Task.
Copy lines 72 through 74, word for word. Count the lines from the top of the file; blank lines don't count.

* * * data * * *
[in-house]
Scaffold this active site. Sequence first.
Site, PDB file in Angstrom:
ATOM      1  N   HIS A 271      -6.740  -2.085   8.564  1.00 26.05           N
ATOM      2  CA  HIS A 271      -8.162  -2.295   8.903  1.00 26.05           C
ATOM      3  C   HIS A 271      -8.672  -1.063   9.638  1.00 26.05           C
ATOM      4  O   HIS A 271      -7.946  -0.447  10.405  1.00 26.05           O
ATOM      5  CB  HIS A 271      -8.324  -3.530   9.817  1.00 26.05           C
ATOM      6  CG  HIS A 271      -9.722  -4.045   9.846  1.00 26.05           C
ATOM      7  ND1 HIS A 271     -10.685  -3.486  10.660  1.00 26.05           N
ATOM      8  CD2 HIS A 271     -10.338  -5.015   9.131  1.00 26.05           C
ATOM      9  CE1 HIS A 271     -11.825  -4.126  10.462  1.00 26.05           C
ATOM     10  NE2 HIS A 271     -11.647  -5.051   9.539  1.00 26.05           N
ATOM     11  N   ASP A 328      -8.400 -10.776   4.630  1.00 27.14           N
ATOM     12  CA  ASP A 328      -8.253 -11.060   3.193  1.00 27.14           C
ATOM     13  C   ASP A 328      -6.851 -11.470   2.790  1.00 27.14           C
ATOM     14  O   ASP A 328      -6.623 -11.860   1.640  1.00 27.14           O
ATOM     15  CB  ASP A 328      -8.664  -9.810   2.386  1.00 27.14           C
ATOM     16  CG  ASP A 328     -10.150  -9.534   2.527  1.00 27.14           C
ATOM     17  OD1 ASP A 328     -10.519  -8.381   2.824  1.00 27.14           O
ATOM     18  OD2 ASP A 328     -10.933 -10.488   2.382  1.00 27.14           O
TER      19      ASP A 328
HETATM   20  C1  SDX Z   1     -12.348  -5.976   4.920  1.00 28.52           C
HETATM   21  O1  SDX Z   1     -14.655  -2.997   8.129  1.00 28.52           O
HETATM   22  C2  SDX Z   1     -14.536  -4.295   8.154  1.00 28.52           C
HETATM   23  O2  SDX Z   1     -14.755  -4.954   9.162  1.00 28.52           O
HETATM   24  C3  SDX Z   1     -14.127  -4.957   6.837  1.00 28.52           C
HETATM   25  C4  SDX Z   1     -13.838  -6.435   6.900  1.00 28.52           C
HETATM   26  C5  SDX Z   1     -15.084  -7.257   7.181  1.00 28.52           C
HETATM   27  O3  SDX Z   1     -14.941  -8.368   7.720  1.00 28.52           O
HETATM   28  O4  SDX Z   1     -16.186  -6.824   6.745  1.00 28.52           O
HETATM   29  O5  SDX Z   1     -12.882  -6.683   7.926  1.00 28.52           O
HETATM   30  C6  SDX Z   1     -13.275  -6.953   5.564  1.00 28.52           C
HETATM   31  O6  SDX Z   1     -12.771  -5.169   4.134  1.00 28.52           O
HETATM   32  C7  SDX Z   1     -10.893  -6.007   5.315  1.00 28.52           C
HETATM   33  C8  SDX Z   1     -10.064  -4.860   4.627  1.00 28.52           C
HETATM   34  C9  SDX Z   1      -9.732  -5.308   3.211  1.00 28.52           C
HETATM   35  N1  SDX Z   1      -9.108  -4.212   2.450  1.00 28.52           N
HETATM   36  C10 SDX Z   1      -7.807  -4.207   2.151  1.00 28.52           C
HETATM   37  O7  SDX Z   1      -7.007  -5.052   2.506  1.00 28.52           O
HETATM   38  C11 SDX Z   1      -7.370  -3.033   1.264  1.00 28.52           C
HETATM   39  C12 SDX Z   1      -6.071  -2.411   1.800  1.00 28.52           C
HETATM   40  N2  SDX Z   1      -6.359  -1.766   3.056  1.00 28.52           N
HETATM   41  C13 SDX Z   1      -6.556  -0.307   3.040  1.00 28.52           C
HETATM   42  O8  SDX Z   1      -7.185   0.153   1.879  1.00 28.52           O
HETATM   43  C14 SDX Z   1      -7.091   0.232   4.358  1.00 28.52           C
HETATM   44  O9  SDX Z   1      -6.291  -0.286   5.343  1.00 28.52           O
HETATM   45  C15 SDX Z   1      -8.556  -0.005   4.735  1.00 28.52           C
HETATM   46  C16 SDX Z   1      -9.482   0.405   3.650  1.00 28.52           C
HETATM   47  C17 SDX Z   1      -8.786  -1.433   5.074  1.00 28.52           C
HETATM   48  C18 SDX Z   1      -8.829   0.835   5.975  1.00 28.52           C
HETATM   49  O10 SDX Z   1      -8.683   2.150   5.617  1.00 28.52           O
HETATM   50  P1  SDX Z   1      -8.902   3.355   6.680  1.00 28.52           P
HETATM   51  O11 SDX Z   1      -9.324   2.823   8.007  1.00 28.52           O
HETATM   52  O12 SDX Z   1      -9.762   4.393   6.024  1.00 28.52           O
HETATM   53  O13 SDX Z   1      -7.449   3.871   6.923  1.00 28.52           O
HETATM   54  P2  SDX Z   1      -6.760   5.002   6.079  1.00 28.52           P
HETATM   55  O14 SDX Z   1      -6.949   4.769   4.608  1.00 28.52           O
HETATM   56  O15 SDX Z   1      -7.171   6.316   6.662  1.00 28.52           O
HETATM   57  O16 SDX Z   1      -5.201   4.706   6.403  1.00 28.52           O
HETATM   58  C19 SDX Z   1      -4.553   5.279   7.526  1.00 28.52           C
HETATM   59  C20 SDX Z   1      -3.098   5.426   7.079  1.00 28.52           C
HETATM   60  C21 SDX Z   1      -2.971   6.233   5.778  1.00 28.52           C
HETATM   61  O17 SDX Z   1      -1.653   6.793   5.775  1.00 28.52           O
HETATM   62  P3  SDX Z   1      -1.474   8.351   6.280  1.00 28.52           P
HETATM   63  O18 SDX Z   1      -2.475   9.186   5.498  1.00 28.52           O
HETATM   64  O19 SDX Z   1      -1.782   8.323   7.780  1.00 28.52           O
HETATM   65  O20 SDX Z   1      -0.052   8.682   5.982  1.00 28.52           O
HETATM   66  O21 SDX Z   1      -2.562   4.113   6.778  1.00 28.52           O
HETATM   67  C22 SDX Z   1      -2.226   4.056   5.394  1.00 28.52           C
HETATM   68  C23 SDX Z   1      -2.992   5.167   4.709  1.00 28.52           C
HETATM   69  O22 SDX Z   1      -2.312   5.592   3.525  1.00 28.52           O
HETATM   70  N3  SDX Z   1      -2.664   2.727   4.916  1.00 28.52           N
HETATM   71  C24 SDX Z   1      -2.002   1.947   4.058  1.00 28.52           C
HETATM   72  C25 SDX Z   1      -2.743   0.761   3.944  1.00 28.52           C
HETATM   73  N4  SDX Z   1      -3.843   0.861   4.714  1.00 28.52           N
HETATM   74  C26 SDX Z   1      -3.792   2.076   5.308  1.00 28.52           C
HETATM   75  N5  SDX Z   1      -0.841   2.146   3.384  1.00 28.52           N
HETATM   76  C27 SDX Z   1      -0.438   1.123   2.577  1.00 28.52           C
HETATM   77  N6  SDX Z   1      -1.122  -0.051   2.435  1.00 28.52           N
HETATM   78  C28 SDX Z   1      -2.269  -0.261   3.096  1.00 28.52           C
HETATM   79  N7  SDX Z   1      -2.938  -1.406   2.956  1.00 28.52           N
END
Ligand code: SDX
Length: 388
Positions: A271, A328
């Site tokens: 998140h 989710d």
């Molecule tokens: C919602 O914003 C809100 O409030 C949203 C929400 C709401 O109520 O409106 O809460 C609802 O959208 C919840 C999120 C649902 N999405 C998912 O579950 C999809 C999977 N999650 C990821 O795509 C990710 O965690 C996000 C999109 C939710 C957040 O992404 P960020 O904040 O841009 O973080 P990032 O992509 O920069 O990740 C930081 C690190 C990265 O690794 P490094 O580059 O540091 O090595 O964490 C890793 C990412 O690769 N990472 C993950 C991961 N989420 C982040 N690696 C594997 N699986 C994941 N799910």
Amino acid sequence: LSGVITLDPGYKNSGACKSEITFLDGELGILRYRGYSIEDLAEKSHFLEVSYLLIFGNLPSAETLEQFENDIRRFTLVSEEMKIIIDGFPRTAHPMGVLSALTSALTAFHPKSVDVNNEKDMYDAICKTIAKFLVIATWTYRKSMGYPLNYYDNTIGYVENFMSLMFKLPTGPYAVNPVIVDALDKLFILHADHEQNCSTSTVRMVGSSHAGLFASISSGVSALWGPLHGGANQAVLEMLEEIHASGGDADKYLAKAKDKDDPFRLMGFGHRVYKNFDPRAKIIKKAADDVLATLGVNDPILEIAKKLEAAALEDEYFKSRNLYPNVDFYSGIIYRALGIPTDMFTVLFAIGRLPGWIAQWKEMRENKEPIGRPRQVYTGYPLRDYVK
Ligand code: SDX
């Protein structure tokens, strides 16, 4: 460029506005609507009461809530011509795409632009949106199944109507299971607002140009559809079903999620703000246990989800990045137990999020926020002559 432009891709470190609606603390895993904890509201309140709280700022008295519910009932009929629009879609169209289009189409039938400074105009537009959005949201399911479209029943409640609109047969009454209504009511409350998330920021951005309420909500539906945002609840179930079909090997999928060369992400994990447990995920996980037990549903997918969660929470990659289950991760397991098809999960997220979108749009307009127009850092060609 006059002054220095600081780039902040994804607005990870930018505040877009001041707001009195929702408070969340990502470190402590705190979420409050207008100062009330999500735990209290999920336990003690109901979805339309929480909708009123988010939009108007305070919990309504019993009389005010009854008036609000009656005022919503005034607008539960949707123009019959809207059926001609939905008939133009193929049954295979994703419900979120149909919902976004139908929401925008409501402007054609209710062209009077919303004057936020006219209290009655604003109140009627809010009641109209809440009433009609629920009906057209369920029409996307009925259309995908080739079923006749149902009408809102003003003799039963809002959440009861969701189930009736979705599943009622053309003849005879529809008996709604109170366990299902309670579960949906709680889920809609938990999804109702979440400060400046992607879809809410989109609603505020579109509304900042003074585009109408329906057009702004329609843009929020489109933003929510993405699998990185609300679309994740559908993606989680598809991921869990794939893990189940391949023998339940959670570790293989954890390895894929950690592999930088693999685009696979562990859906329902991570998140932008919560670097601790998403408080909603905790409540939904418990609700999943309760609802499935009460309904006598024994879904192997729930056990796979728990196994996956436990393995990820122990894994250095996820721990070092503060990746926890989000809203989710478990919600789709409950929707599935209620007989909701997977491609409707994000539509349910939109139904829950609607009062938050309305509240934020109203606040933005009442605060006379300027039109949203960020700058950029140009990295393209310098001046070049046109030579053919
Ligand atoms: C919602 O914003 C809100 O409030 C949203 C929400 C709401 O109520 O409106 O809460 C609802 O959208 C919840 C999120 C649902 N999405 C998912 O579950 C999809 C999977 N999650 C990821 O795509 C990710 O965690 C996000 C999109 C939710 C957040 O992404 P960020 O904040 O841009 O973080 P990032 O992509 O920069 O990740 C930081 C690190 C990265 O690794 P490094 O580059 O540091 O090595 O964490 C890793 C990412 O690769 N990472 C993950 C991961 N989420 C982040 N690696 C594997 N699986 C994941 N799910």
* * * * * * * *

HETATM   69  O22 SDX Z   1      -2.312   5.592   3.525  1.00 28.52           O
HETATM   70  N3  SDX Z   1      -2.664   2.727   4.916  1.00 28.52           N
HETATM   71  C24 SDX Z   1      -2.002   1.947   4.058  1.00 28.52           C